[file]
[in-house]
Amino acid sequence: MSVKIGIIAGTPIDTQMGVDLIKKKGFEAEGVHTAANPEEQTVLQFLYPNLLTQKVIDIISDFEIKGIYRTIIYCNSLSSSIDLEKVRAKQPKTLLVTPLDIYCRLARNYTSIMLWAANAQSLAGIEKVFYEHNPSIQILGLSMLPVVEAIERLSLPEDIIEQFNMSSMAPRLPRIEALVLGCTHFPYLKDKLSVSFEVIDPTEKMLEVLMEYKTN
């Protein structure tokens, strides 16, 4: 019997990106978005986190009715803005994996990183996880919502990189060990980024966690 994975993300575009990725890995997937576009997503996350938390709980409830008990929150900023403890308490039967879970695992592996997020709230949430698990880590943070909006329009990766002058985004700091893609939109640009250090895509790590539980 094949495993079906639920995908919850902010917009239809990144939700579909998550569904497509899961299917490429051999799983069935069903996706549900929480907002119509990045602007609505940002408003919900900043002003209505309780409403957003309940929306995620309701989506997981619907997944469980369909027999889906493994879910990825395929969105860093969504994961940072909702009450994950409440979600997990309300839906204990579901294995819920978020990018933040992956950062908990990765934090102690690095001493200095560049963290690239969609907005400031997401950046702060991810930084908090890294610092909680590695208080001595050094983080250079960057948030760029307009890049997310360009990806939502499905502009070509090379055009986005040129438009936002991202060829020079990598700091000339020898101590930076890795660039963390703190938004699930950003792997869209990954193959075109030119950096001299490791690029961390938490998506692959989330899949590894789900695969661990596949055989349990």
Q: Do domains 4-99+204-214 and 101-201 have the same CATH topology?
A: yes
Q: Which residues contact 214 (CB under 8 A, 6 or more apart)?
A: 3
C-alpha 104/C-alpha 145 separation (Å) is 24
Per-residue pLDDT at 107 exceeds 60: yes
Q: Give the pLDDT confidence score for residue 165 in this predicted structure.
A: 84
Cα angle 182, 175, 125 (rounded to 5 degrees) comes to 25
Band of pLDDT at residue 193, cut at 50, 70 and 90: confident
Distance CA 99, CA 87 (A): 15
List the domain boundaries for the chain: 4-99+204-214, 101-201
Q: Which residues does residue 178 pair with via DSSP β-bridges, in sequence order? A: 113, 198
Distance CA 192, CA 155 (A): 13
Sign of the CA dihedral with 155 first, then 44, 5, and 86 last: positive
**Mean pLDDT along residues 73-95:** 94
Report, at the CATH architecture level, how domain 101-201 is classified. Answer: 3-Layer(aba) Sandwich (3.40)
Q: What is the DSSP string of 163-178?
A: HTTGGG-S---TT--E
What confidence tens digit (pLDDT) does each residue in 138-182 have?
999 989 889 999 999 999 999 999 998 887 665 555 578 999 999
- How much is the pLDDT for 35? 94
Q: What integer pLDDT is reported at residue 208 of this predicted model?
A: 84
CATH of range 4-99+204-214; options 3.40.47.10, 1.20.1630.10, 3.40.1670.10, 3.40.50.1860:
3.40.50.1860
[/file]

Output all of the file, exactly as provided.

[in-house]
Amino acid sequence: MSVKIGIIAGTPIDTQMGVDLIKKKGFEAEGVHTAANPEEQTVLQFLYPNLLTQKVIDIISDFEIKGIYRTIIYCNSLSSSIDLEKVRAKQPKTLLVTPLDIYCRLARNYTSIMLWAANAQSLAGIEKVFYEHNPSIQILGLSMLPVVEAIERLSLPEDIIEQFNMSSMAPRLPRIEALVLGCTHFPYLKDKLSVSFEVIDPTEKMLEVLMEYKTN
């Protein structure tokens, strides 16, 4: 019997990106978005986190009715803005994996990183996880919502990189060990980024966690 994975993300575009990725890995997937576009997503996350938390709980409830008990929150900023403890308490039967879970695992592996997020709230949430698990880590943070909006329009990766002058985004700091893609939109640009250090895509790590539980 094949495993079906639920995908919850902010917009239809990144939700579909998550569904497509899961299917490429051999799983069935069903996706549900929480907002119509990045602007609505940002408003919900900043002003209505309780409403957003309940929306995620309701989506997981619907997944469980369909027999889906493994879910990825395929969105860093969504994961940072909702009450994950409440979600997990309300839906204990579901294995819920978020990018933040992956950062908990990765934090102690690095001493200095560049963290690239969609907005400031997401950046702060991810930084908090890294610092909680590695208080001595050094983080250079960057948030760029307009890049997310360009990806939502499905502009070509090379055009986005040129438009936002991202060829020079990598700091000339020898101590930076890795660039963390703190938004699930950003792997869209990954193959075109030119950096001299490791690029961390938490998506692959989330899949590894789900695969661990596949055989349990």
Q: Do domains 4-99+204-214 and 101-201 have the same CATH topology?
A: yes
Q: Which residues contact 214 (CB under 8 A, 6 or more apart)?
A: 3
C-alpha 104/C-alpha 145 separation (Å) is 24
Per-residue pLDDT at 107 exceeds 60: yes
Q: Give the pLDDT confidence score for residue 165 in this predicted structure.
A: 84
Cα angle 182, 175, 125 (rounded to 5 degrees) comes to 25
Band of pLDDT at residue 193, cut at 50, 70 and 90: confident
Distance CA 99, CA 87 (A): 15
List the domain boundaries for the chain: 4-99+204-214, 101-201
Q: Which residues does residue 178 pair with via DSSP β-bridges, in sequence order? A: 113, 198
Distance CA 192, CA 155 (A): 13
Sign of the CA dihedral with 155 first, then 44, 5, and 86 last: positive
**Mean pLDDT along residues 73-95:** 94
Report, at the CATH architecture level, how domain 101-201 is classified. Answer: 3-Layer(aba) Sandwich (3.40)
Q: What is the DSSP string of 163-178?
A: HTTGGG-S---TT--E
What confidence tens digit (pLDDT) does each residue in 138-182 have?
999 989 889 999 999 999 999 999 998 887 665 555 578 999 999
- How much is the pLDDT for 35? 94
Q: What integer pLDDT is reported at residue 208 of this predicted model?
A: 84
CATH of range 4-99+204-214; options 3.40.47.10, 1.20.1630.10, 3.40.1670.10, 3.40.50.1860:
3.40.50.1860